A man’s taste in fragrance is a lot like his taste in music – a subjective affair influenced by everything from where and when he grew up to who he hangs out with. Much like some men prefer Grunge over Grime, some fragrance lovers are going to prefer Gucci Guilty over Givenchy Gentleman.
But in the same way that every decade throws up a few classic albums everyone seems to appreciate, each decade of fragrance has gifted its own olfactory Sgt. Pepper, Parklife or Purple Rain.
Many have achieved hallowed status by being truly groundbreaking, while some have done it a la Ed Sheeran and earned their place in the fragrance hall of fame through sheer number of sales. Others, like Dior’s Eau Sauvage and Hermes’ Terre d’Hermes, have achieved classic status simply because they’re so damned good (think of them as the Prince and Bowie of the men’s grooming world).
The fact that certain scents rise to the top in this way is a godsend for fragrance lovers because it makes wading through the thousands on offer that much easier, narrowing down the field and making it easy to populate your fragrance wardrobe with sure-fire winners. To find the right one for you (or as a gift for someone else) all you have to do is rifle through the back catalogue of greatest hits below.
Fragrances are often judged by their longevity on the skin. In reality, however, it’s their longevity on the shelf that marks them out as winners. A company has to have very deep pockets to keep unsuccessful scents in production so there’s a reason fragrances like Mäurer & Wirtz‘s 4711 (a superbly light and fresh citrus cologne that’s over 200 years old) and Aqua di Parma’s Colonia, launched in 1916, are still exciting nostrils today. The latter, a sprightly blend of Mediterranean citrus fruits and herbs, with a warm, woody base, is one of the most versatile summer scents on the market and one that every man should own at least once in his life.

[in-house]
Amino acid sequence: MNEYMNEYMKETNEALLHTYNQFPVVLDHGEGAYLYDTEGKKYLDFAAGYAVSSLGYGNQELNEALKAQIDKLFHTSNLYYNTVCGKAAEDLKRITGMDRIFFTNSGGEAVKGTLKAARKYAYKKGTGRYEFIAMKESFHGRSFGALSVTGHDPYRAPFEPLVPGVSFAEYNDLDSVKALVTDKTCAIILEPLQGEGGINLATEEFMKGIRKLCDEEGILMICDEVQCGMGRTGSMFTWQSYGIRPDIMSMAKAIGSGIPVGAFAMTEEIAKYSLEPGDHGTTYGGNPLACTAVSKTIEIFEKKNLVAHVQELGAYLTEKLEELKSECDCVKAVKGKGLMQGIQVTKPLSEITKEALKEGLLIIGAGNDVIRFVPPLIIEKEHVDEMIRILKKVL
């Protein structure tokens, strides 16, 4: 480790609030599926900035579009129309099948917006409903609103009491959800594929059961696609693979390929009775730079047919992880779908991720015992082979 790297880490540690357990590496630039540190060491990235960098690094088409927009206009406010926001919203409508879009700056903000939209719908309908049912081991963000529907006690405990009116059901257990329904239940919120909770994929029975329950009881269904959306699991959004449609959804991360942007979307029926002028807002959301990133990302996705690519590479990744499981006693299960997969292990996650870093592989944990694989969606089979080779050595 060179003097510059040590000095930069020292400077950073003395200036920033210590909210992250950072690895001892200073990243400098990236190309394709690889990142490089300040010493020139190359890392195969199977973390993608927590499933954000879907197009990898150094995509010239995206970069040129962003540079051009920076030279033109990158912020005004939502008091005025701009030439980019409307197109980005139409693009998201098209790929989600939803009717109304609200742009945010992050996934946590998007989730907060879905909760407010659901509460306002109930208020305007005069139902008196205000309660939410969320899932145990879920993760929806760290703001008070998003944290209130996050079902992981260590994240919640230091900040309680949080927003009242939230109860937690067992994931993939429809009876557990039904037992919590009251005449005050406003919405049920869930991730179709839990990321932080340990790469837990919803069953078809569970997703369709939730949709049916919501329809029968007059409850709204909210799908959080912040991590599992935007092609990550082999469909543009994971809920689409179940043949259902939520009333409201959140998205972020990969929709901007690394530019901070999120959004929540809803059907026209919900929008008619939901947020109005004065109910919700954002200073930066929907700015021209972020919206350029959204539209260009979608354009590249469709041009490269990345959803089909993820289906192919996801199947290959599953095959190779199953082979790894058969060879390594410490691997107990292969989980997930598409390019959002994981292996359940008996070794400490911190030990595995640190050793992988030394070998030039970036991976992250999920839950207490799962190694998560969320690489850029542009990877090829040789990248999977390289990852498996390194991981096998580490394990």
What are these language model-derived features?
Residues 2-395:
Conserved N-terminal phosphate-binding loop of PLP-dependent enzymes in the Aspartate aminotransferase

Other pre-1960s fragrances regarded as true classics include Caron’s Pour un Homme de Caron, an aromatic lavender-based fragrance from 1934, which counts Tom Ford as a fan; Houbigant Fougère Royale, whose genre-defining, foliage-like greenness laid the foundation for modern men’s perfumery; and Guerlain’s Mouchoir de Monsieur, a dandyish spicy-floral fragrance often touted as the first fragrance aimed specifically at men, which dates back 1904. Wear any of these classics and you instantly signal your scent smarts to the world.
And let’s not forget good ol’ Old Spice. Though no longer popular with anyone under 50 (at least not outside of the US) it remains one of the most enduring men’s fragrances of all time. Give it a sniff next time you’re shopping and you’ll see why – its spicy-floral fusion of cinnamon, carnation, vanilla and musk has an old-world charm akin to that found in an Ealing comedy.
Stalwarts of the sixties